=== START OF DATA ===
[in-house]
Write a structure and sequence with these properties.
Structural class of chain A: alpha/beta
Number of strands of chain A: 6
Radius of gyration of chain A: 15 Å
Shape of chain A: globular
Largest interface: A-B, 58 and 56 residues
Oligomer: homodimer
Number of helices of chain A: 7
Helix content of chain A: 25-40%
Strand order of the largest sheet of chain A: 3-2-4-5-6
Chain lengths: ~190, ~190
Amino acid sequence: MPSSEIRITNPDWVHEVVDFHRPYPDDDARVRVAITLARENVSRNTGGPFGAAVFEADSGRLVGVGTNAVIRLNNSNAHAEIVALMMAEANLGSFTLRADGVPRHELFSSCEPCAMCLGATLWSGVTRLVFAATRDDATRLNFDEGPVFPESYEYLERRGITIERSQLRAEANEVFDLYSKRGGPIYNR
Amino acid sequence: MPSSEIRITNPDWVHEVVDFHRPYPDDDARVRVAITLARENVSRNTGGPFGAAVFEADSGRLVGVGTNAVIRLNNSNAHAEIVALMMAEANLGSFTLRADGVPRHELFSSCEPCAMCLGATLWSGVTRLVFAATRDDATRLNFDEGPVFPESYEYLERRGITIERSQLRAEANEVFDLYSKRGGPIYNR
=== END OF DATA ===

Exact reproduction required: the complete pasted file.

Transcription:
[in-house]
Write a structure and sequence with these properties.
Structural class of chain A: alpha/beta
Number of strands of chain A: 6
Radius of gyration of chain A: 15 Å
Shape of chain A: globular
Largest interface: A-B, 58 and 56 residues
Oligomer: homodimer
Number of helices of chain A: 7
Helix content of chain A: 25-40%
Strand order of the largest sheet of chain A: 3-2-4-5-6
Chain lengths: ~190, ~190
Amino acid sequence: MPSSEIRITNPDWVHEVVDFHRPYPDDDARVRVAITLARENVSRNTGGPFGAAVFEADSGRLVGVGTNAVIRLNNSNAHAEIVALMMAEANLGSFTLRADGVPRHELFSSCEPCAMCLGATLWSGVTRLVFAATRDDATRLNFDEGPVFPESYEYLERRGITIERSQLRAEANEVFDLYSKRGGPIYNR
Amino acid sequence: MPSSEIRITNPDWVHEVVDFHRPYPDDDARVRVAITLARENVSRNTGGPFGAAVFEADSGRLVGVGTNAVIRLNNSNAHAEIVALMMAEANLGSFTLRADGVPRHELFSSCEPCAMCLGATLWSGVTRLVFAATRDDATRLNFDEGPVFPESYEYLERRGITIERSQLRAEANEVFDLYSKRGGPIYNR